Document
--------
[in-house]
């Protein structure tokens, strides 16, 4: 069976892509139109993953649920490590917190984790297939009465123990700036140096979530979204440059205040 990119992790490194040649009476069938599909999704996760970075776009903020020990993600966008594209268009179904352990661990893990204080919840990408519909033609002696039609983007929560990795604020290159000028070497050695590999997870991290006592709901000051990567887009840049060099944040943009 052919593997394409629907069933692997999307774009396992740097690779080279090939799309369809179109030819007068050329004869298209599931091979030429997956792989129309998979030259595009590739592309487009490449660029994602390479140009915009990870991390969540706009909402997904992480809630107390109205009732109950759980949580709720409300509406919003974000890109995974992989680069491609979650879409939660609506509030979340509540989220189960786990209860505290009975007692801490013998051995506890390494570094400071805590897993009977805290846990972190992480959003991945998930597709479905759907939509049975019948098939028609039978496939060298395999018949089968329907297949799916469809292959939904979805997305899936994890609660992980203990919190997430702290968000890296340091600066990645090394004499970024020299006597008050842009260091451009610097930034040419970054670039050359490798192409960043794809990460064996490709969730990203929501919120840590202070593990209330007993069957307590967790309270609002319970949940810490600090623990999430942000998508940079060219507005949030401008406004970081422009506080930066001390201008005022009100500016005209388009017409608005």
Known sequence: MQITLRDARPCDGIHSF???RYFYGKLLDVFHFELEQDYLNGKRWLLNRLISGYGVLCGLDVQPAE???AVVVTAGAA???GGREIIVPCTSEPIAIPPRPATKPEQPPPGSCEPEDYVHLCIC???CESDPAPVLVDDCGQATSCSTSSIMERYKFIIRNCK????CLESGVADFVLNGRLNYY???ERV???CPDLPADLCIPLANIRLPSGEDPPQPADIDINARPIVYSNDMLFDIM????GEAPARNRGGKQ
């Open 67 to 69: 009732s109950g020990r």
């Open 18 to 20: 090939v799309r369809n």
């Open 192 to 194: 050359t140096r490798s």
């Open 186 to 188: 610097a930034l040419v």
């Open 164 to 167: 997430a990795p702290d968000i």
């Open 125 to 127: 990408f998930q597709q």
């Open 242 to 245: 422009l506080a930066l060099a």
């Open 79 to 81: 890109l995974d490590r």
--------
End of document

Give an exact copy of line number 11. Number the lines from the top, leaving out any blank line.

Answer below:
């Open 79 to 81: 890109l995974d490590r």